Lowe for improved irrigation schemes, key to achieving Malawi food security

Minister of Agriculture Lobin Lowe and his deputy Agnes Nkusankhoma on Saturday toured various developments irrigation schemes in Zomba where  the Minister  directed engineers to ensure that  they fix challenges which farmers at the Agricultural Irrigation schemes are facing to ensure food security.

Lowe inspecting irrigation schemes in zOMBA
Lowe inspecting irrigation schemes in Zomba
The farmers at the irrigation scheme
The irrigation schemes in Zomba

Speaking after touring Njala and Likangala Rice Scheme in Zomba,   Lowe said he is impressed with the progress of the project which is supported by Agricultural Commercialization Project.

Lowe said  irrigation farming is crucial to achieving increased productivity and profitability of smallholder agriculture.

He said  concerns raised by the farmers at the rice schemes will be addressed as a matter of urgency

“It is in the interest of Malawi government to ensure that the irrigation schemes  are functional,” Lowe said.

During the tour farmers talked about the lack of electricity in the schemes which would be helping to set up milling the rice.

“We want each scheme to have good roads and electricity. For example Likangala has MAREP project so it is the wish of the ministry to ensure that the schemes are fully revamped,” He said.

During the tour , Lowe walked miles visiting the projects.

The Minister was seen moving in bushy foot paths connecting from one scheme to the other.

Minister Lowe recently  also visited the K1 billion rehabilitation work of Nambuna rice scheme in Dedza.

Lowe said  Malawi has a capacity of feeding itself if all irrigation facilities can be well utilized.

The objective of the Agricultural Commercialization Project for Malawi is to increase commercialization of agriculture value chain products selected under the project.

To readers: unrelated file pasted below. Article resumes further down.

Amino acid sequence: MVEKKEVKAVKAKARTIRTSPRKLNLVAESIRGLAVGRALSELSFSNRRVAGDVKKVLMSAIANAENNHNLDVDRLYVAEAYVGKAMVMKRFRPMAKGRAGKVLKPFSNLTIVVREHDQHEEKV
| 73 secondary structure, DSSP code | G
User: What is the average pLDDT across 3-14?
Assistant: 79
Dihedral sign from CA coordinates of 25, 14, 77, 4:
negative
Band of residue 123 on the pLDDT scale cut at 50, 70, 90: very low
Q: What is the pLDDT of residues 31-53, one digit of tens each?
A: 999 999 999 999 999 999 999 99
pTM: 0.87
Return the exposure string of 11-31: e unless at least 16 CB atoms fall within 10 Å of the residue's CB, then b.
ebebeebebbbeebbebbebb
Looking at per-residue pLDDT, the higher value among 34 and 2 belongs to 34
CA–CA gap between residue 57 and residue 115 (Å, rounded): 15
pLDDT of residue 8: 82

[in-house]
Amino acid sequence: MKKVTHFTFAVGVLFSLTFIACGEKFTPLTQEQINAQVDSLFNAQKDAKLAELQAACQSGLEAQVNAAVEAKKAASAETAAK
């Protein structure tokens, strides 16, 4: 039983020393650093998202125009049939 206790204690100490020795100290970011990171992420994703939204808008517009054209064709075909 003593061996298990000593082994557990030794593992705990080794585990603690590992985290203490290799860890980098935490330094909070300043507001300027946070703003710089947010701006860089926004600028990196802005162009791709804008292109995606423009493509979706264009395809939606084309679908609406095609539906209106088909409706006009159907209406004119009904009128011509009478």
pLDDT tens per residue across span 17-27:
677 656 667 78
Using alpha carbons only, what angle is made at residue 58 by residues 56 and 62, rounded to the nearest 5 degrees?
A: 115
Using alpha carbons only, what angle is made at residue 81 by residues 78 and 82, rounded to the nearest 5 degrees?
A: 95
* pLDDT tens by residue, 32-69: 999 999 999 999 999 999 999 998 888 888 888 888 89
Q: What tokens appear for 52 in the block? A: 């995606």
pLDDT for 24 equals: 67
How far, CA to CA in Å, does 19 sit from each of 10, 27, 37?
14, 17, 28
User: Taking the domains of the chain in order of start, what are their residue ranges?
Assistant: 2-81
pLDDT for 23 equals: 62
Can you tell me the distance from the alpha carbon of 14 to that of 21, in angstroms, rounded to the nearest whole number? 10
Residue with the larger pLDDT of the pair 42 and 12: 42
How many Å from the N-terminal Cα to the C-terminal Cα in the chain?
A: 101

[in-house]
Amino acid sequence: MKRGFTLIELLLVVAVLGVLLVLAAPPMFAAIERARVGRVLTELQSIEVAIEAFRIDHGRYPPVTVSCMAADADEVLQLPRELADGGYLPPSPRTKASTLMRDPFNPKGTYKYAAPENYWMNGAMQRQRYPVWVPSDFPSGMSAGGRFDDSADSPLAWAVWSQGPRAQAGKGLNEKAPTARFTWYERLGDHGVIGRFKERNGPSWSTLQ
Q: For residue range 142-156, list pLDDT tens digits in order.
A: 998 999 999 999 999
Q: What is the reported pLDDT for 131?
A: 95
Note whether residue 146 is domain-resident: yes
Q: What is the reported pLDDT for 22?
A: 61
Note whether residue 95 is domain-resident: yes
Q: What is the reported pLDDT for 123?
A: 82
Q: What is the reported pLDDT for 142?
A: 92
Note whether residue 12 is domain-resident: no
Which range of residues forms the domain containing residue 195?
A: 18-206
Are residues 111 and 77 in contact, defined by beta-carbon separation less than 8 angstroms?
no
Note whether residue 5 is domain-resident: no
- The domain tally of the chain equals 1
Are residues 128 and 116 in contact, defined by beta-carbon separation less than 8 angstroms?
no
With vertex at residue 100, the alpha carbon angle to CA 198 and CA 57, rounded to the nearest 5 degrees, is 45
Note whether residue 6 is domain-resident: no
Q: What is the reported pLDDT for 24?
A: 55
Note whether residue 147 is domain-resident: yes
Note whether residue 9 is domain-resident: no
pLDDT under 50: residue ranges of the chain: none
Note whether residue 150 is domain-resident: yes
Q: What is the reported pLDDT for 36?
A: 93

There are four components to the project, the first component being Building Productive Alliances.

This component supports the integration of small‐scale and emerging farmers (defined as farmers cultivating not more than 8 ha) into value chains by improving their capacity to finance and execute productivity enhancing investments and respond to the requirements of end‐markets and buyers (off‐takers).

The second component is the support investment enabling services just to mention but a few.

Malawi is home to millions of households that go hungry in a country that fails to grow enough food to meet her needs.

In a 2009 research article titled Agricultural Growth and Poverty Reduction in Malawi: Past Performance and Recent Trends, Chancellor College economics professor Ephraim Chirwa argues that in spite of the many policy reforms that have been implemented in the agricultural sector, its performance has been disappointing.

This ties in with the 2006 Ministry of Agriculture report which notes that the country’s agriculture is characterised by low and stagnant yields, over-dependence on rain-fed farming which increases vulnerability to weather-related shocks, low level of irrigation development and low uptake of improved farm inputs.

“In addition, there is low profitability of smallholder agriculture which has been influenced by weak links to markets, high transport costs, few farmer organisations, poor quality control and lack of market information.

“The interplay of these various factors has negatively affected agricultural development and growth, with implications on the contribution of agriculture towards poverty reduction,” reads the report.

Michael Jana, a political economist studying for a PhD in South Africa, has researched and published on the political economy of agriculture in Malawi.

Jana argues that for Malawi to make strides in commercial farming, the country needs to review its agricultural practices.

“We need a radical approach to eventually phase out subsistence farming and bring about commercial farming, create jobs, bring good returns to capital and hopefully be able to fund and develop the industrial sector,” he said.

Professor Chirwa, in a 2011 article titled From Subsistence to Smallholder Commercial Farming in Malawi: a Case of NASFAM Commercialisation Initiatives, shares a critical insight regarding the country’s continued failure in agriculture.

“The dominance of subsistence farming with traditional farming systems in the smallholder sector is one of the concerns in achieving higher agricultural productivity,” said Chirwa.

In searching for a way forward, a 2006 government strategy on agriculture recognises that intensification and commercialisation of smallholder agriculture are crucial to achieving increased productivity and profitability of smallholder agriculture.

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